The General vs. the President: MacArthur and Truman at the Brink of Nuclear War (Hardcover)

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After VJ and VE days in 1945, the world was tossed into uneasy peace.  Japan was in ruins -- ripe for picking by either the Russians or the Chinese.  And in Europe, once again, the carcases of losers were being picked over by various allies.  FDR had died -- launching a reluctant Harry Truman to a front row seat.  Yes, victory was in the air... but perilous pitfalls laid ahead.

 

Truth be told, Truman obsessed with Europe.  The Marshall Plan there was playing a part to preserve democracy in the region.  The Kremlin was eyeballing Iran.  Greece and Turkey were in play.  China fell to the communists.  Meanwhile, a lone ranger, General Douglas MacArthur, took up residence in Tokyo to craft parameters for peace in Japan -- without instructions from anyone.

 

Yes, MacArthur was brilliant.  And a military leader par none.  But as put by a compatriot, General Omar Bradley, "MacArthur was a megalomaniac."  (Ouch!)  Bradley would say, "he held an obsession for self-glorification and a contempt for the judgment of his superiors".  Sounds like a great team player, huh?

 

So, here's Truman, trying to juggle the global and domestic pieces on a chess board where the squares are in constant motion.  While MacArthur -- wildly popular as a great American hero -- began careening like a loose canon across the Pacific.  In a matter of time, dominoes looked like they were falling, as some said.  Kim Il Sung (Un's grandfather) decided it would be lovely to attack South Korea -- probably getting approval from Stalin.  One thing led to another and Field Commander MacArthur had himself another opportunity to shun peace and bloody some bastards.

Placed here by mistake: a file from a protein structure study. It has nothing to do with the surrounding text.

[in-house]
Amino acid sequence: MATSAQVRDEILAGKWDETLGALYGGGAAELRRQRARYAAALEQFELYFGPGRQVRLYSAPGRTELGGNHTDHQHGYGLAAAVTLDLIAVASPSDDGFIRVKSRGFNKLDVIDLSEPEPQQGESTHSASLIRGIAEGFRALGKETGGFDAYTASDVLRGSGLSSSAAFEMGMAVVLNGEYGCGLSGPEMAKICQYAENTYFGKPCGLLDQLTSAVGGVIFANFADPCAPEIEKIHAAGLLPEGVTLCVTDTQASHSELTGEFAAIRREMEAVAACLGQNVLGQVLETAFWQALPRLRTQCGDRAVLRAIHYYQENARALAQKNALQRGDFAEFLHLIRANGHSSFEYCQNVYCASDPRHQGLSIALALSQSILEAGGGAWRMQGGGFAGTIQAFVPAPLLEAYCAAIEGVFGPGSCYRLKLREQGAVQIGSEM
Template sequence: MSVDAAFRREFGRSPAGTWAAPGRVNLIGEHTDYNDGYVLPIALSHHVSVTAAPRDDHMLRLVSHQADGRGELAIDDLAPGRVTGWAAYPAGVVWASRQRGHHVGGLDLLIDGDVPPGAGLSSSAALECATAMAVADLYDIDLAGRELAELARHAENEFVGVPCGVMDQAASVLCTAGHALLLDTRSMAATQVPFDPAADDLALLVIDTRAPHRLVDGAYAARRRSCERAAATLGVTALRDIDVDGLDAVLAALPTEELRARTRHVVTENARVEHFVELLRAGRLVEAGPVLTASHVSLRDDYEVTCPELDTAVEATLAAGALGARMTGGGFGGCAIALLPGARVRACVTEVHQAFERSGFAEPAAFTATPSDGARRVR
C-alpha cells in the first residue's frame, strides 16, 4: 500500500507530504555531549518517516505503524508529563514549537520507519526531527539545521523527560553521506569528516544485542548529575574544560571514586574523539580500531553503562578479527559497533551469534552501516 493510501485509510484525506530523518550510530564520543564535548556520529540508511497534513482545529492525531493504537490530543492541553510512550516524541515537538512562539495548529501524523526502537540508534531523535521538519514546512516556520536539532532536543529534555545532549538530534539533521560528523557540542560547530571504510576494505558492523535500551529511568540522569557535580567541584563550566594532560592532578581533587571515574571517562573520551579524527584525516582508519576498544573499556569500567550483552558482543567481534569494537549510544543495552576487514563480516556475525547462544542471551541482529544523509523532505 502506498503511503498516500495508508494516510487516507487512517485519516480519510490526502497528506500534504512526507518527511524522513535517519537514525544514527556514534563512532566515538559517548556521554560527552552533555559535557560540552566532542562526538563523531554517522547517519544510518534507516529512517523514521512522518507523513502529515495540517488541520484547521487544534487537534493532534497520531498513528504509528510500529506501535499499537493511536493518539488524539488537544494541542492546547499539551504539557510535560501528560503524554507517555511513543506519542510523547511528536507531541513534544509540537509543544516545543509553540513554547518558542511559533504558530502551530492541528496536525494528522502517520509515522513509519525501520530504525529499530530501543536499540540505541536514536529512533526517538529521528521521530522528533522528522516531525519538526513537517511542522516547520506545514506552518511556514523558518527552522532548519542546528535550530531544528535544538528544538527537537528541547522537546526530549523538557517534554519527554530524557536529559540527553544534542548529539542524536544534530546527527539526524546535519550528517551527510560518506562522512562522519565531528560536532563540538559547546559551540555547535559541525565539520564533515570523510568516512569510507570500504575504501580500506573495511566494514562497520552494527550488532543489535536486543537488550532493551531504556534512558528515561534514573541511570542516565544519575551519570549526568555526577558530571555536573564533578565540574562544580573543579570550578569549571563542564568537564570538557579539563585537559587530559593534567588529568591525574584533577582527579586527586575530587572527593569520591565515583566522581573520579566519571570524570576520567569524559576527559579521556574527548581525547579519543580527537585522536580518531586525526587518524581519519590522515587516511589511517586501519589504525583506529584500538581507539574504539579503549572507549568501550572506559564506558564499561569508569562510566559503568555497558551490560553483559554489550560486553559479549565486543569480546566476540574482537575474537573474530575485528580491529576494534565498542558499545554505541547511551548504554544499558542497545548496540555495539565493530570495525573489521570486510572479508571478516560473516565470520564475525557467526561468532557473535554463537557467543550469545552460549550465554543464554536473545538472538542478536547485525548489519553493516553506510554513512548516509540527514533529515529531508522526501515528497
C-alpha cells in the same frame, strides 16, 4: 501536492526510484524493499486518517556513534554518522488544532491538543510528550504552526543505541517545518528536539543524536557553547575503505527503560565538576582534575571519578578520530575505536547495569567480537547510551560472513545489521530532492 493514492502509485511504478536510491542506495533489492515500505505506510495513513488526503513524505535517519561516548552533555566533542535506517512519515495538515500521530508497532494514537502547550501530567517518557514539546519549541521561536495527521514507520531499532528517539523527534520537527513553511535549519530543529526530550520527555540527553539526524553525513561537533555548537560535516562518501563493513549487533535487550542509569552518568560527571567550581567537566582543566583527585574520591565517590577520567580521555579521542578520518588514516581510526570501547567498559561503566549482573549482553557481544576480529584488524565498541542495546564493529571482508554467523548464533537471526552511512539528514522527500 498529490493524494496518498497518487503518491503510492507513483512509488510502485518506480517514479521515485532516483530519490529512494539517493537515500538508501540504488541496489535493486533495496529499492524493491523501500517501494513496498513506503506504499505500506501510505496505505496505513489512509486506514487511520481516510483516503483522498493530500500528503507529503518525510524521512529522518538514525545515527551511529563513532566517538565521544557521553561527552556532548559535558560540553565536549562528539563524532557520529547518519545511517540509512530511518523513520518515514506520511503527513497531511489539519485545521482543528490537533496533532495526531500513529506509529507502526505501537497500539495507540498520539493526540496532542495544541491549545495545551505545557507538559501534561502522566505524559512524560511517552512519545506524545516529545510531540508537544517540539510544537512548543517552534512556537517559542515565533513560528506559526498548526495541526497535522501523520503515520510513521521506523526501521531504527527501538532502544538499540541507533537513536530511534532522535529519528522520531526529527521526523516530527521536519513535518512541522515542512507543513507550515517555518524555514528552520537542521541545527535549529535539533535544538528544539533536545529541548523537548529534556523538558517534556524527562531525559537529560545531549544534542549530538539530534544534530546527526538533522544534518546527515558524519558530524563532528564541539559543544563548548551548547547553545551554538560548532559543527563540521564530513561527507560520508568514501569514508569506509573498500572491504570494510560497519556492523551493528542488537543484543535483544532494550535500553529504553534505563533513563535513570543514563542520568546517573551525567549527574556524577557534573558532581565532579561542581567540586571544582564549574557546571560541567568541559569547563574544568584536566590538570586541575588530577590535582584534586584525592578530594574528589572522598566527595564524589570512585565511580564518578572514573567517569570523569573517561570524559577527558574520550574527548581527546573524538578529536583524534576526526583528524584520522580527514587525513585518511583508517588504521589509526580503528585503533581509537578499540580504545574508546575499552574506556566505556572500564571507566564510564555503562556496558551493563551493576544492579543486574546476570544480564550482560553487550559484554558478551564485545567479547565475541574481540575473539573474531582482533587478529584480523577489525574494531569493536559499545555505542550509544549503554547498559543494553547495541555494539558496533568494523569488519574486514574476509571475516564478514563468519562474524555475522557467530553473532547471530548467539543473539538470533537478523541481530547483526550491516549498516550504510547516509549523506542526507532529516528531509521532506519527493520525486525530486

On one hand, Truman -- working with the fledgling United Nations -- wanted to avoid WWIII.  MacArthur wanted to take it to The Reds -- once and for all.  MacArthur there, in the thick of it.  He was bigger than life.  (Just ask him!)  He'd teach those commies.  And he'd ram his way right down their throats -- with a touch of theatrics that would put Shakespeare to shame.

 

So an unfortunate Korean War waged on.  Truman, the State and Defense Departments, not to mention the Chiefs of Staff voiced contrary directives.  MacArthur basically did whatever he wanted to.  Disagreements stayed sub rosa, until Truman finally pulled the plug -- to a firestorm from an adoring public.  Politics were only about 1/2 inch below the surface of actions by a partisan Congress.  Truman survived, but decided not to run for another term.  And the world bumped along into The Cold War and all the inanity we see today as the West frays from the East.  (You might ask, "Why can't we all just get along?")

 

Could we have descended into redeployment of our potent nuclear weapons?  How close to triggering WWIII were we?  Were we simply dancing with appeasement -- while the communists were eating our lunch?  Say hello Joseph McCarthy!   The author, H.W. Brands, does a fine job of driving us through the dark days that should have been nothing but rosy as our troops returned from the horrors of war.  And here we are.  Quite a bit different.  But quite a bit the same.

 

— Bob Wells

Yes, MacArthur was brilliant.  And a military leader par none.  But as put by a compatriot, General Omar Bradley, "MacArthur was a megalomaniac."  (Ouch!)  Bradley would say, "he held an obsession for self-glorification and a contempt for the judgment of his superiors".  Sounds like a great team player, huh?
 
So, here's Truman, trying to juggle the global and domestic pieces on a chess board where the squares are in constant motion.  While MacArthur -- wildly popular as a great American hero -- began careening like a loose canon across the Pacific.  In a matter of time, dominoes looked like they were falling, as some said.  Kim Il Sung (Un's grandfather) decided it would be lovely to attack South Korea -- probably getting approval from Stalin.  One thing led to another and Field Commander MacArthur had himself another opportunity to shun peace and bloody some bastards.
 
On one hand, Truman -- working with the fledgling United Nations -- wanted to avoid WWIII.  MacArthur wanted to take it to The Reds -- once and for all.  MacArthur there, in the thick of it.  He was bigger than life.  (Just ask him!)  He'd teach those commies.  And he'd ram his way right down their throats -- with a touch of theatrics that would put Shakespeare to shame.